Glossary of Terms for Herbicides

Glossary of Terms for Herbicides
This page is designed to help you understand and navigate the specialized vocabulary used in the world of herbicides. Whether you are a farmer, a gardener, or simply someone interested in learning more about herbicides, this glossary provides clear and concise definitions of key terms.

Inside this glossary, you will find explanations for terms such as active ingredient, selective herbicide, pre-emergent herbicide, post-emergent herbicide, and many more.

If you are looking to understand the labels on herbicide products, learn about different ways to use herbicides, or just expand your knowledge in this field, this glossary will be helpful.


Glyphosate is a chemical substance and active ingredient that is widely used as a herbicide. It belongs to the class of phosphonic acids and is derived from the reaction between the methyl group of methyl phosphonic acid and the amino group of glycine.

Isopropylamine salt is a form of glyphosate that is commonly used in herbicides. In this form, glyphosate is a water-soluble salt formed by combining glyphosate acid with isopropylamine. This improves the herbicide’s solubility and stability.

2,4-D (2,4-dichlorophenoxyacetic acid)

2,4-D is a systemic herbicide that selectively targets and controls most broadleaf weeds in various settings while having little to no impact on most grasses.

This herbicide was developed during World War II and has been used as a selective herbicide for over 75 years, making it one of the oldest and most widely available herbicides in the world.

Triclopyr BEE (3,5,6-trichloro-2-pyridinyloxyacetic acid, butoxyethyl ester)

Triclopyr BEE is a synthetic, selective herbicide that is systemic in nature, meaning it targets and controls only particular plant species. This man-made herbicide was first developed and registered in 1979 for use mostly in forestry but has since been used in other types of settings.


Aminopyralid is a selective systemic herbicide that belongs to the pyridine group of chemicals, along with clopyralid, picloram, and triclopyr. It was first approved for use in the US in 2005 under the name Milestone and has since been marketed under different names such as Grazon. Aminopyralid should be used with caution, as it can persist in soil for a long time and affect crops such as vegetables and ornamental plants.


Picloram is a systemic herbicide that belongs to the chemical family of pyridine acids. It persists in soil for several months after application and makes it difficult to establish new plants in the treated areas. It can be used as a post- and pre-emergent treatment.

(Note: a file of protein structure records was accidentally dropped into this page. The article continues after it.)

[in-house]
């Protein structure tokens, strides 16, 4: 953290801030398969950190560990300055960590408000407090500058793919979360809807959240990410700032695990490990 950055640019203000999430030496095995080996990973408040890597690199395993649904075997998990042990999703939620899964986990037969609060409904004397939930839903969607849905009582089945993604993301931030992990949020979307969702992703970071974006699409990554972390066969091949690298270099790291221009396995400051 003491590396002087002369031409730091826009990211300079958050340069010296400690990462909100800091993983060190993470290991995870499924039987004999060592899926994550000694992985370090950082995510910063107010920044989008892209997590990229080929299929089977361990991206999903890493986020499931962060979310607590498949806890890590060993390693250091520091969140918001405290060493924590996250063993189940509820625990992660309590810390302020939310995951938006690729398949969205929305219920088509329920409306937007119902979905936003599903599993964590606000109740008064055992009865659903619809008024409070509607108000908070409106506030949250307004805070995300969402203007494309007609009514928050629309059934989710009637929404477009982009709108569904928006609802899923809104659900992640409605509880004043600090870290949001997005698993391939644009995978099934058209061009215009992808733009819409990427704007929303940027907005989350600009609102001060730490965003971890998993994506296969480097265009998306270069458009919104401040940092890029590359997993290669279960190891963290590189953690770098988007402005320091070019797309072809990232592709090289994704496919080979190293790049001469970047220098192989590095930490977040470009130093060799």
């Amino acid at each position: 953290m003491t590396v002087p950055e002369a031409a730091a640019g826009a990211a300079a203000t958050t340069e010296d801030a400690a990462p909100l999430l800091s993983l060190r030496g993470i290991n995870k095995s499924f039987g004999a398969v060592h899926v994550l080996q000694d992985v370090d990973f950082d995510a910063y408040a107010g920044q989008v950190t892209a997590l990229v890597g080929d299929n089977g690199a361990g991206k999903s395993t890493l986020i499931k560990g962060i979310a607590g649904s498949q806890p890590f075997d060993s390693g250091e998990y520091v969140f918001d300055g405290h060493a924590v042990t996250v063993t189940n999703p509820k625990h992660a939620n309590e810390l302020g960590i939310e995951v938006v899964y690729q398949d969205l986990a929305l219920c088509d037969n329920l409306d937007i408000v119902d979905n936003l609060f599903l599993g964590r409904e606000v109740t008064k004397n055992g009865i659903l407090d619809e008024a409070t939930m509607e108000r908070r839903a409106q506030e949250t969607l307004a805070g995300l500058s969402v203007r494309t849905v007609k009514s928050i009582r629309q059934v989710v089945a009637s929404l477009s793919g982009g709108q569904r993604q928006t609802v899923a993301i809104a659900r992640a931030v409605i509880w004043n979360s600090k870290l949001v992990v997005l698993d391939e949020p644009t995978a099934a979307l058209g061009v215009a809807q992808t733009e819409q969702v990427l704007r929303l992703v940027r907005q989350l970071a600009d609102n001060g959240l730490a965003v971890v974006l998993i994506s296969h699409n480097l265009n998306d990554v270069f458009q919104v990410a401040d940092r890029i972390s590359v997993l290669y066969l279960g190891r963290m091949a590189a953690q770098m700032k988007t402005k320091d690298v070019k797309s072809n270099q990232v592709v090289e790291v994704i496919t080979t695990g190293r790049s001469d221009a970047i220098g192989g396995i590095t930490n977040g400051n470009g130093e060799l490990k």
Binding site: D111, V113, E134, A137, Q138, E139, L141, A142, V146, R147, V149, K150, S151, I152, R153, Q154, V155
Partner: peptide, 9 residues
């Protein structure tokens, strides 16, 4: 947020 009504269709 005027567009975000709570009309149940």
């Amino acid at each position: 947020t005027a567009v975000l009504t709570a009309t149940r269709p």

This synthetic herbicide is considered a restricted-use pesticide. This means that only licensed applicators are allowed to work with it.


Imazapyr is a non-selective systemic herbicide that is part of the Imidazolinones family. It can be used as a pre-and post-emergent treatment to control weeds. Imazapyr’s mode of action involves absorption by both the foliage and root system of plants, disrupting the production of certain amino acids and affecting weed growth and development. It has a long-lasting effect and can persist in soil for several months after application.


Fluroxypyr is a selective and systemic herbicide that is commonly used as a post-emergent treatment to control a range of broadleaf weeds in agricultural and non-crop areas. It belongs to the class of synthetic auxins, which are plant hormones that interfere with the plant’s growth and development.

This herbicide is absorbed by the plant and moves throughout its tissues by mimicking the natural auxins in the plant.


Thiencarbazone-methyl is a selective herbicide that works as an ALS (acetolactate synthase) inhibitor. This herbicide is classified under the sulfonylaminocarbonyl-triazolinone family and works by inhibiting the biosynthesis of certain essential amino acids in the target plants. It can be used as a pre-emergent or post-emergent selective herbicide to control different types of broadleaf weeds in corn.


Manufactured by Bayer CropScience, Isoxaflutole is a selective herbicide registered for weed control in field corn from 1998 to 2004. It is effective against certain broadleaf and grass weeds in both field corn and soybean crops.

Isoxaflutole belongs to the isoxazoline family of herbicides and is typically applied as a pre-emergent treatment to the soil before weeds emerge and crops are planted. It has a relatively long residual activity in the soil, which makes it effective against new weed growth for an extended period.


MCPA, also known as 2-Methyl-4-chlorophenoxyacetic acid, is a selective systemic post-emergence herbicide. As a synthetic auxin herbicide, it acts systemically and targets broadleaf weeds.

MCPA has been used as a herbicide since 1945, effectively mimicking the growth hormones of weeds and causing their death from within. In its pure state, MCPA is a powdered substance with a brown color.


Dicamba or 3,6-dichloro-2-methoxybenzoic acid is a selective systemic herbicide commonly used for post-emergent treatment. It controls both annual and perennial broadleaf weeds by disrupting the metabolic processes of the targeted plants.

First registered in 1967, this herbicide includes a chlorinated compound of o-anisic acid. It is available under various brand names, including Dianat, Banvel, Diablo, and Vanquish.


Dimethenamid-P is a pre-emergent herbicide that belongs to the chloroacetamide family of compounds, and it is commonly used in agricultural, horticultural, and turfgrass settings.

About the author: Dani Martelli
Dani FarmerDB

My name is Dani and I am a farmer with 10 years of experience. I will share with you everything about farming from processes, tips, machines, and more. Farming for me is not just a job but a way of life. Keep reading ...